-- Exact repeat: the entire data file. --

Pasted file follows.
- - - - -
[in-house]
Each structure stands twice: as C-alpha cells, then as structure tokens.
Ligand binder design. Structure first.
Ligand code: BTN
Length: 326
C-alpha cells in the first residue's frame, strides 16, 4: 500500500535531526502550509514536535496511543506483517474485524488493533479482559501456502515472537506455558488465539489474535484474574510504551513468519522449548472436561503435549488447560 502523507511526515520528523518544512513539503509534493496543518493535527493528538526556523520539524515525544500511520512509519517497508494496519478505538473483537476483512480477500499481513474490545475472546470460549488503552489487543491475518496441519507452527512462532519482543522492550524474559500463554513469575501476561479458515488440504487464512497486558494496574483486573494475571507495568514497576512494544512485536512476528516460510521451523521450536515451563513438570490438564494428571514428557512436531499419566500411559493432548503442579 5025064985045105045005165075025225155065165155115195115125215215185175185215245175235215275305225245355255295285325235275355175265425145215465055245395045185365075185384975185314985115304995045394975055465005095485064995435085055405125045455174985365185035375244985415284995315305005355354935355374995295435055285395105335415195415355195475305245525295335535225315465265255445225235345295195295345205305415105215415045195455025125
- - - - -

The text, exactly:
[in-house]
Each structure stands twice: as C-alpha cells, then as structure tokens.
Ligand binder design. Structure first.
Ligand code: BTN
Length: 326
C-alpha cells in the first residue's frame, strides 16, 4: 500500500535531526502550509514536535496511543506483517474485524488493533479482559501456502515472537506455558488465539489474535484474574510504551513468519522449548472436561503435549488447560 502523507511526515520528523518544512513539503509534493496543518493535527493528538526556523520539524515525544500511520512509519517497508494496519478505538473483537476483512480477500499481513474490545475472546470460549488503552489487543491475518496441519507452527512462532519482543522492550524474559500463554513469575501476561479458515488440504487464512497486558494496574483486573494475571507495568514497576512494544512485536512476528516460510521451523521450536515451563513438570490438564494428571514428557512436531499419566500411559493432548503442579 5025064985045105045005165075025225155065165155115195115125215215185175185215245175235215275305225245355255295285325235275355175265425145215465055245395045185365075185384975185314985115304995045394975055465005095485064995435085055405125045455174985365185035375244985415284995315305005355354935355374995295435055285395105335415195415355195475305245525295335535225315465265255445225235345295195295345205305415105215415045195455025125